There were angels here, black ones, I could feel them hanging like bats from under the dripping stained stone. I could taste my desire like cold wine in my mouth, strong, scented and flooding, dripping off my tongue and stinging my skin.
The angel’s waited over my shoulder as we picked our way across slime and stink, acidic bird shit stoking my nostrils, the angels stalked me. The smell of salt water was warm and felt like being under old church cassocks; feet were wet and useless, sliding across the rock like a church mouse on roller skates and my hands were caked in slippery water streaked chalk, I pressed palms trying to dry them, or was it in prayer?
At the back of the cave looking out, a cathedral of black limestone created a dark window into a dirty blue up and down surging hallucination of a sea. Birds fled the scene anticipating a tolling bell of some sort as we reached dryer rock and were released from the black church over head.
The black angels spread their wings and I was off, ascending through a jigsaw of overhangs and misty walls. It was morning but it felt like a late evening under a leaden sky and above a sickening surging slate sea. The rock became steeper and my angels sliced leathery wings through the air brushing past my hair and skin a reminder I was in their place of worship. The holds were wet, so wet that chalk just created a slick caked sloughing skin as my fingers strained and slid across the rock. My arms ached and my breathing threatened to send me into hyperventilation. My feet were inches from the edge of an overhang with only spinning tumbling air beneath them and a shallow seaweed wafting sea.
Finally from a pulpit at the end of a long aisle of overhanging stone I could address the congregation of one, the angels hovered out in the air and my climbing partner began the rock worship of a following climber, at the mercy of my practised sermon. We met on the ledge and my partner let out a stream of ungodly expletives that cut through the musty air and the angel’s shuddered, black wings rippling away from the sound. I retreated in to the confessional box and continued a head bowed journey casting off my sins with every hand and foothold.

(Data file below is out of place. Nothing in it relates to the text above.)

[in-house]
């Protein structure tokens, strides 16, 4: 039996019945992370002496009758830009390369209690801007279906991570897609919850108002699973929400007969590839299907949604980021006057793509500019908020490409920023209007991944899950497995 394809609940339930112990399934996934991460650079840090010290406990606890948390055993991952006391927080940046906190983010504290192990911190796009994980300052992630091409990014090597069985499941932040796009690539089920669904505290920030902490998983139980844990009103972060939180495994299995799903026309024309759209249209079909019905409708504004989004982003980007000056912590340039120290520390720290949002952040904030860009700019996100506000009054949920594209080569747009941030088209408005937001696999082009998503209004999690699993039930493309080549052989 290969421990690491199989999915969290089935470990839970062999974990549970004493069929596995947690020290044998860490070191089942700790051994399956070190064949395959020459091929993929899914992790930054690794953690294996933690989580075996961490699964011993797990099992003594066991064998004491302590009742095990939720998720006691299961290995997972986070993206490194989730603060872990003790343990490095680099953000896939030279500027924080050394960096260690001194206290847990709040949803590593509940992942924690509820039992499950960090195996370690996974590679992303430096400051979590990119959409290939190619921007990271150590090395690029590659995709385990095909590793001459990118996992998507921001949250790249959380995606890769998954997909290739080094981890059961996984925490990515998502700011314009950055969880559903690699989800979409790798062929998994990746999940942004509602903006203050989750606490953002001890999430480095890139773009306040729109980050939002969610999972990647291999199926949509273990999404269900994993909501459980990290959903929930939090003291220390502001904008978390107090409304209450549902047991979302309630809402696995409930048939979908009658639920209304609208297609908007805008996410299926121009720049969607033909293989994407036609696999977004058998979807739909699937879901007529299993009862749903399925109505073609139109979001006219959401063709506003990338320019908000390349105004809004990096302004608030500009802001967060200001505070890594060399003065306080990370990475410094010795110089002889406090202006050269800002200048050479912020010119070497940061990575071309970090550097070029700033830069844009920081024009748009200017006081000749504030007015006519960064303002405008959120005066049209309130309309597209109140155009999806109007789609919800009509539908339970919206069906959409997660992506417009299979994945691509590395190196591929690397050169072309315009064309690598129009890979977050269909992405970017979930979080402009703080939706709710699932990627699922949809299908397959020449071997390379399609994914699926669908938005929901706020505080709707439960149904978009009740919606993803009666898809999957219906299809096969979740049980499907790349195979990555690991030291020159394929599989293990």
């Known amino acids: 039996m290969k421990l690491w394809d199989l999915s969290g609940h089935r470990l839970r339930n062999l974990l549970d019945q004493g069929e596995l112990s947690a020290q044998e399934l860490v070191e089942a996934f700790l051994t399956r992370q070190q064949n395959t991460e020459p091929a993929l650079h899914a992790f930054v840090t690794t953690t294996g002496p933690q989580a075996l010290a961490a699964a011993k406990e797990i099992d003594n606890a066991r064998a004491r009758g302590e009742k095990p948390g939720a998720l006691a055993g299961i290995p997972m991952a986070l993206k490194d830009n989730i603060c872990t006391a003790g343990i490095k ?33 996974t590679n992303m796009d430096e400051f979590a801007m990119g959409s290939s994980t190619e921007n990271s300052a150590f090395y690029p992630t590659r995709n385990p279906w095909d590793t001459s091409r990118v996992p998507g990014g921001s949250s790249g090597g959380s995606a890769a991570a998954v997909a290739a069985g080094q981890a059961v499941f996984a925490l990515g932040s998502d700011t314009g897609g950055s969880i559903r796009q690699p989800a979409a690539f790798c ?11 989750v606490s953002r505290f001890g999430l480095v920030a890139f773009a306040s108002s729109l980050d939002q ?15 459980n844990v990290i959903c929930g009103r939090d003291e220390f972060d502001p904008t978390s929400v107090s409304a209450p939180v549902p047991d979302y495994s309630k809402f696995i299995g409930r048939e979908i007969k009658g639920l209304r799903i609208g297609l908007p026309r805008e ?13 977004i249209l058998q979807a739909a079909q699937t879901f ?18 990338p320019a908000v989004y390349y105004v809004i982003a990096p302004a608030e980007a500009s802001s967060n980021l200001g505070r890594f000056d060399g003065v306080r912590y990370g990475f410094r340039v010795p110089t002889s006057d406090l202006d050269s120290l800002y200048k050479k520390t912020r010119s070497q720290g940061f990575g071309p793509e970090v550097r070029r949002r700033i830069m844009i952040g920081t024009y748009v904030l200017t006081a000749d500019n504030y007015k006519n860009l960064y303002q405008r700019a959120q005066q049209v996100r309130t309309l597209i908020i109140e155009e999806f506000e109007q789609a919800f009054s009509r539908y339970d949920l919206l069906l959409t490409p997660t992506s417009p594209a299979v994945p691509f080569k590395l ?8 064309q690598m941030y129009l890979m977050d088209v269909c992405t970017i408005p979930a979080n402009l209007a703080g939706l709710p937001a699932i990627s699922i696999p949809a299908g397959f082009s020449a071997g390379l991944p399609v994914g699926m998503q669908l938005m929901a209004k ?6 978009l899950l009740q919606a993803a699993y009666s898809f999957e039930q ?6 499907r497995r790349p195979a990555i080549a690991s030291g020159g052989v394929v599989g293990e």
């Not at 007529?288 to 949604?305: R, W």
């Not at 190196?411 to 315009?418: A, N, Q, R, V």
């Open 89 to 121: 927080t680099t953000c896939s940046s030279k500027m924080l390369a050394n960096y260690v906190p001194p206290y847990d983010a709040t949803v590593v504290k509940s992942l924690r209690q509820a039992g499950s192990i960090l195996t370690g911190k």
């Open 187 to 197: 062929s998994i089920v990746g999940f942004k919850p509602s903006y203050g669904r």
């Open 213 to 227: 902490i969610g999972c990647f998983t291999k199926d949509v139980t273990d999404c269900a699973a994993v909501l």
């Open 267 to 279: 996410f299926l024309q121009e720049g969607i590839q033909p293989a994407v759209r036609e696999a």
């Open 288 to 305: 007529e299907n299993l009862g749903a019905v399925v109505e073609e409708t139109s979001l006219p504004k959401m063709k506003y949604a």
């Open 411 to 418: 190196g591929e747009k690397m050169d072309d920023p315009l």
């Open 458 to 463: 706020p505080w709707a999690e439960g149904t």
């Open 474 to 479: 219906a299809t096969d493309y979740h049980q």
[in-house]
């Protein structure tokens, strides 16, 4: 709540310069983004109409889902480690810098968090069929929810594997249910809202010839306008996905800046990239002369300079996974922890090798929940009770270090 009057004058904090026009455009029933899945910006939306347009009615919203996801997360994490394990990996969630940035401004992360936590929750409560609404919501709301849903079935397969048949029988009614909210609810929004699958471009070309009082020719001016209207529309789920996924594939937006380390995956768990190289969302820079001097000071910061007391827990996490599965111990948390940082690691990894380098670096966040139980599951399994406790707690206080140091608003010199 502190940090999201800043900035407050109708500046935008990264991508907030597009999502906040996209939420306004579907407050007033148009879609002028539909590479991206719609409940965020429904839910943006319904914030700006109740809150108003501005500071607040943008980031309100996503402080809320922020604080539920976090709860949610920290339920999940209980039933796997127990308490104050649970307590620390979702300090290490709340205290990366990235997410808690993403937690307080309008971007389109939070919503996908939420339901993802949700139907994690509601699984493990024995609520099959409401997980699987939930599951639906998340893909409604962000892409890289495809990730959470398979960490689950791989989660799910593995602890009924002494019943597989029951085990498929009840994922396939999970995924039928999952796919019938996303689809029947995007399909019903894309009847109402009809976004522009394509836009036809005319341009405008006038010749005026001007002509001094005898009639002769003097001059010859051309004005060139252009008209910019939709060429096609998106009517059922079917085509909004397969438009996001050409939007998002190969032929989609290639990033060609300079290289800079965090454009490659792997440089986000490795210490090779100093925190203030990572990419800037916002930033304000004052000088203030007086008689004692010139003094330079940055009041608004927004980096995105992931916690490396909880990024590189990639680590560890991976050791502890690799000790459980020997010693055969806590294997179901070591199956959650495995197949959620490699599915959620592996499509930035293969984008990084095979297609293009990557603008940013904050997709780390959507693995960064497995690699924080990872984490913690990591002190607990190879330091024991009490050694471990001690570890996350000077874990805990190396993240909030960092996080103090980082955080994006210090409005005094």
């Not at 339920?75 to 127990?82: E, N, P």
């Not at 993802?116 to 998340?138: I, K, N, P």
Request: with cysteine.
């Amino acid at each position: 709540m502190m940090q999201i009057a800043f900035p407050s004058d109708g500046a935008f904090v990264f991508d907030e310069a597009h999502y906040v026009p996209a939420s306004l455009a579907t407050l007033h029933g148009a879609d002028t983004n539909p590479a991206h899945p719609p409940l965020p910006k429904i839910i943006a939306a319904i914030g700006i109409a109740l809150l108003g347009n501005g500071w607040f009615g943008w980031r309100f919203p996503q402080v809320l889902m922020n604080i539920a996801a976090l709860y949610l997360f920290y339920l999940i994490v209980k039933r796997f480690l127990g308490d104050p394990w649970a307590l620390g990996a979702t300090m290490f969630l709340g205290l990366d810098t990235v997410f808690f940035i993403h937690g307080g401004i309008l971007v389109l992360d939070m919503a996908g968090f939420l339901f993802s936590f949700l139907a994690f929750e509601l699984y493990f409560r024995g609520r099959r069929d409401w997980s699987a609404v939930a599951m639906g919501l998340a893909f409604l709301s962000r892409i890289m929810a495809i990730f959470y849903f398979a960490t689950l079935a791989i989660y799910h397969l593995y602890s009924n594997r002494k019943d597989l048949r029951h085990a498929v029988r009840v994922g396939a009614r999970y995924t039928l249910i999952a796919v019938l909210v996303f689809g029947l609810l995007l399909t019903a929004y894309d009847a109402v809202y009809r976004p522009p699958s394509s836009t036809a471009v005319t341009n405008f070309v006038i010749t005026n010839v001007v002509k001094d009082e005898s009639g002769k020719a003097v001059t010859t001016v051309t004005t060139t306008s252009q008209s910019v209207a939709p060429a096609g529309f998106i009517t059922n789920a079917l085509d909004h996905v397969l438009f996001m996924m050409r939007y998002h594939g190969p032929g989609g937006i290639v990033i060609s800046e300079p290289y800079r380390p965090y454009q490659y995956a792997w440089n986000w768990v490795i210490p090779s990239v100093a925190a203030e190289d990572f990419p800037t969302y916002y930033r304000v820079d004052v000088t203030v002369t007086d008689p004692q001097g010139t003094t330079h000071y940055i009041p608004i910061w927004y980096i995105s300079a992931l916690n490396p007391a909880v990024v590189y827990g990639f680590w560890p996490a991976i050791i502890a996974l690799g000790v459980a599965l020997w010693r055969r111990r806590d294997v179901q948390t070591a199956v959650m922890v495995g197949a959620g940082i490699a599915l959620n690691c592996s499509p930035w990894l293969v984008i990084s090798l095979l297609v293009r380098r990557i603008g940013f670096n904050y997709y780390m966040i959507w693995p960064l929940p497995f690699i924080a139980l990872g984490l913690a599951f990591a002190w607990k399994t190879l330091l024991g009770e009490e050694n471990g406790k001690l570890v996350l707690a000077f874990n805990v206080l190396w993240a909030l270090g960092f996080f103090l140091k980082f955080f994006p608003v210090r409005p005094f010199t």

The rock was drier here and the oppressive tower of rock above felt friendlier, my confessional had obviously worked. With a wry glance over my shoulder I noticed the angels had gone and the birds began to return with angry squawks and grumpy wing beats, the bell didn’t toll and the service was over. I no longer had to bow my head or press my palms as each move brought me closer to salvation. My desire to climb the route now tasted sweet and the wine in my mouth was now delicious and warm.
Black angels settled back under their roof and rustled their wings in anticipation, waiting long and quiet for another devoted worshipper.
‘Account of an ascent of Dreadnaught E3 5c Berry Head Devon’